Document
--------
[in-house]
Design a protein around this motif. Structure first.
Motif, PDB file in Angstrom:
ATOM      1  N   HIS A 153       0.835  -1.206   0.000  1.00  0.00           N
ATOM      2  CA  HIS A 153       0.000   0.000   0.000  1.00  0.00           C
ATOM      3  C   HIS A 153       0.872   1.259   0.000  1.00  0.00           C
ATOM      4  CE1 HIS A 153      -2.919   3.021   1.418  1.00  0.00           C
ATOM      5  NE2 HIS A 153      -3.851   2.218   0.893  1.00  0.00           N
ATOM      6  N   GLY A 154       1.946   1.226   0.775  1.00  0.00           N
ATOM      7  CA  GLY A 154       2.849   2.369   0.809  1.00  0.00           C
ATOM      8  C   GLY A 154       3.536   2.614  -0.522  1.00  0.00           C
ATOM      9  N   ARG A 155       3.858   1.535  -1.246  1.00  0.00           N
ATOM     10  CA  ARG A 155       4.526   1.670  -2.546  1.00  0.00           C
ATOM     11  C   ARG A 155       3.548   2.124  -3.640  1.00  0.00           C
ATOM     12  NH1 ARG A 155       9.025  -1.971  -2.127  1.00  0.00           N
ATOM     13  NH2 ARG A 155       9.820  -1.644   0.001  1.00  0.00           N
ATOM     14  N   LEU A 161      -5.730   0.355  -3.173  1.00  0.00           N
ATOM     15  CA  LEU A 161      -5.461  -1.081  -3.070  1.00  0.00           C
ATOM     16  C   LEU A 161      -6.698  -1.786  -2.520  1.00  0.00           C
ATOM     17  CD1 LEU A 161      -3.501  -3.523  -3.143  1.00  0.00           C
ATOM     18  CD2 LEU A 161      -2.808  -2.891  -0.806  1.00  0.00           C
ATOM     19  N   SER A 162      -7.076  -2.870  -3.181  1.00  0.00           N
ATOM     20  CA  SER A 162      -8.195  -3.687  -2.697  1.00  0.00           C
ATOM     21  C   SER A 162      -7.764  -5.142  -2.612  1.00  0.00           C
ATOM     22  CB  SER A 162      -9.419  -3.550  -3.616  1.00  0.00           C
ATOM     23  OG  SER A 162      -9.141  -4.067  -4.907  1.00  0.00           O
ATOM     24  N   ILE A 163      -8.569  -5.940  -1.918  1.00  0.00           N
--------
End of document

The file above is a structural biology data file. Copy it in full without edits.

[in-house]
Design a protein around this motif. Structure first.
Motif, PDB file in Angstrom:
ATOM      1  N   HIS A 153       0.835  -1.206   0.000  1.00  0.00           N
ATOM      2  CA  HIS A 153       0.000   0.000   0.000  1.00  0.00           C
ATOM      3  C   HIS A 153       0.872   1.259   0.000  1.00  0.00           C
ATOM      4  CE1 HIS A 153      -2.919   3.021   1.418  1.00  0.00           C
ATOM      5  NE2 HIS A 153      -3.851   2.218   0.893  1.00  0.00           N
ATOM      6  N   GLY A 154       1.946   1.226   0.775  1.00  0.00           N
ATOM      7  CA  GLY A 154       2.849   2.369   0.809  1.00  0.00           C
ATOM      8  C   GLY A 154       3.536   2.614  -0.522  1.00  0.00           C
ATOM      9  N   ARG A 155       3.858   1.535  -1.246  1.00  0.00           N
ATOM     10  CA  ARG A 155       4.526   1.670  -2.546  1.00  0.00           C
ATOM     11  C   ARG A 155       3.548   2.124  -3.640  1.00  0.00           C
ATOM     12  NH1 ARG A 155       9.025  -1.971  -2.127  1.00  0.00           N
ATOM     13  NH2 ARG A 155       9.820  -1.644   0.001  1.00  0.00           N
ATOM     14  N   LEU A 161      -5.730   0.355  -3.173  1.00  0.00           N
ATOM     15  CA  LEU A 161      -5.461  -1.081  -3.070  1.00  0.00           C
ATOM     16  C   LEU A 161      -6.698  -1.786  -2.520  1.00  0.00           C
ATOM     17  CD1 LEU A 161      -3.501  -3.523  -3.143  1.00  0.00           C
ATOM     18  CD2 LEU A 161      -2.808  -2.891  -0.806  1.00  0.00           C
ATOM     19  N   SER A 162      -7.076  -2.870  -3.181  1.00  0.00           N
ATOM     20  CA  SER A 162      -8.195  -3.687  -2.697  1.00  0.00           C
ATOM     21  C   SER A 162      -7.764  -5.142  -2.612  1.00  0.00           C
ATOM     22  CB  SER A 162      -9.419  -3.550  -3.616  1.00  0.00           C
ATOM     23  OG  SER A 162      -9.141  -4.067  -4.907  1.00  0.00           O
ATOM     24  N   ILE A 163      -8.569  -5.940  -1.918  1.00  0.00           N